• 9. Leadership @ Apple Steve Jobs Passion Focus on Core Charisma & Simplicity Vision Driven Authoritari an & Firm Innovative Potential Product & Quality Driven Stay Hungry, St ay Foolish Reality Distortion & Mental Innovation
  • 10. Company Analysis Strengths Global presence Brand image Synergistic portfolio Strong media content Weakness Low returns Dependency for key components Opportunities Wireless products New digital platform MP3 player market Threats Strong competition Slow Eurozone economy Lawsuits During Steve Jobs as CEO Strengths Branding Retail Strategy Superior Quality Weakness High price products Less penetration Cannibalization Opportunities Technology Innovation Strategic alliance Fast growing Industry Threats Extensive competition Substitute Products Technical advancement Economical factors Current 2012- 13, After Steve Jobs
  • 11. Industry Analysis Competitive Rivalry HIGH Supplier Power MEDIUM Buyer Power HIGH Threat of New Entrants LOW Threat of Substitutes HIGH
  • 12. Current Scenario @ Apple  Prominent lack of innovative capability.  No new product launches  Focus seems to have shifted from an innovation- based model to an operationally efficient, assembly line like model.  Competitors now catching up to it,  Stiff competition from Google-based Android smartphones  Launch of a low-cost smartphone in the developing markets can lead to the revival of sales of the iPhone,  iWatch is a product in the pipeline but has not seen the light of day for nearly 2 years since it went into the prototype stage.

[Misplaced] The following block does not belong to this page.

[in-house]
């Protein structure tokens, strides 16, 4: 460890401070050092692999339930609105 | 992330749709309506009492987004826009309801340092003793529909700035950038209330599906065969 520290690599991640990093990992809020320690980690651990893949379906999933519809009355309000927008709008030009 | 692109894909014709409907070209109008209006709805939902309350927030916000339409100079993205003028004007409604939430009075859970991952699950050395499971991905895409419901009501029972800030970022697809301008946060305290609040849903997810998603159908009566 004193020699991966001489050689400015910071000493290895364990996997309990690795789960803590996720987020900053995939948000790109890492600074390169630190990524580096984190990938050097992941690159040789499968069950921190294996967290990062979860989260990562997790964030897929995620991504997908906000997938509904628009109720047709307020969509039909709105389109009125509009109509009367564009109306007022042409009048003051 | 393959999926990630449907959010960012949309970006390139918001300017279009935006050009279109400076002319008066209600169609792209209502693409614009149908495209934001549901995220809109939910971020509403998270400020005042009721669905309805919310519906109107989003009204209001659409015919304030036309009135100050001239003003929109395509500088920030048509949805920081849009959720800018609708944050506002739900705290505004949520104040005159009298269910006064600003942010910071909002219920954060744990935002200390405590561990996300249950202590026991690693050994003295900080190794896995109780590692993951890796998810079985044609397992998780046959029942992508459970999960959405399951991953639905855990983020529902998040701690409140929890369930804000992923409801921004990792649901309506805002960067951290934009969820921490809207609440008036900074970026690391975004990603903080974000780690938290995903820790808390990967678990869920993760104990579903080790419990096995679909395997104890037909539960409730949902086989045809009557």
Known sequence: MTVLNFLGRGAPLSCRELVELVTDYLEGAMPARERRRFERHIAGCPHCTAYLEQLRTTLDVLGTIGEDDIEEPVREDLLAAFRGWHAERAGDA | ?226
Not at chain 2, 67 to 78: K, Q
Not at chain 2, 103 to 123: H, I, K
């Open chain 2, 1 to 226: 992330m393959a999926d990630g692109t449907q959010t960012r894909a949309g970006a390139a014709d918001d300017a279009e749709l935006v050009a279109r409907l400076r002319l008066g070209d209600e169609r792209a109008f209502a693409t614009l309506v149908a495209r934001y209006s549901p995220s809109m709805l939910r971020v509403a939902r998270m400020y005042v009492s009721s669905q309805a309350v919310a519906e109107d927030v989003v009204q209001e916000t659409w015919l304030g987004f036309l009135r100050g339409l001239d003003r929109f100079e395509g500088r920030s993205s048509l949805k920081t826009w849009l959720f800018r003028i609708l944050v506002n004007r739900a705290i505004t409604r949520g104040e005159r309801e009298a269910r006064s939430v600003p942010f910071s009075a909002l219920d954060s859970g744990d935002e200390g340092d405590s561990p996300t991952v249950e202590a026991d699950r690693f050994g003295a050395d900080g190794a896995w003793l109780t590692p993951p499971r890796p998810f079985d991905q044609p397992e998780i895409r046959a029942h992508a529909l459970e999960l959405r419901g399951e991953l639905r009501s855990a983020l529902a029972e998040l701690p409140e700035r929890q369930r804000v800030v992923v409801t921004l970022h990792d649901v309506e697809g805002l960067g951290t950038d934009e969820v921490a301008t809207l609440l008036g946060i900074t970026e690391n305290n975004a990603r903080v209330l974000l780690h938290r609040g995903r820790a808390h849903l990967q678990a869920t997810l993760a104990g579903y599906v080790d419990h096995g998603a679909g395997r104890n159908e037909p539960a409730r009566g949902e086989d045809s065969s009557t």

• 13. Recommendation & Conclusion CONCLUSION • One of the greatest turnaround in corporate history, possibly the greatest in the last two decades has been the turnaround of Apple. • From near bankruptcy to the pinnacle of the world corporate ladder. • Growth rates of over 50% Y-o-Y for over a decade was maintained by the company as it went on launching one gadget after gadget which captured the imagination of one and all. • Steve Jobs was the single most important factor when it comes to outlining the causes, which helped Apple turn the corner. • His leadership and his vision were instrumental in leading Apple out from the brink of non-existence • Disruptive innovation became a norm rather than a chance event while incremental innovation was always on the horizon as Apple released a new version of its current offerings, every year. • Apple is on the brink of another important milestone in its life as a corporate entity. The sluggish growth has led to a change in the strategy which has shifted from innovation to operational excellence under Tim Cook. • Low cost models are a form of diversification of the product portfolio and acts as a medium of entry into markets which cannot afford the premium products Apple has in its portfolio. • It is a fascinating story that Apple has lived through its existence and expecting more of the same may not be that outlandish an idea. Recommendation 1: Active Innovation Recommendation 2: Perfect Market Timing & Properly Tested Products should be launched as a Priority Recommendation 3: Cautious Approach for the new Low-Cost Model that has been broached
  • 14. Thank You 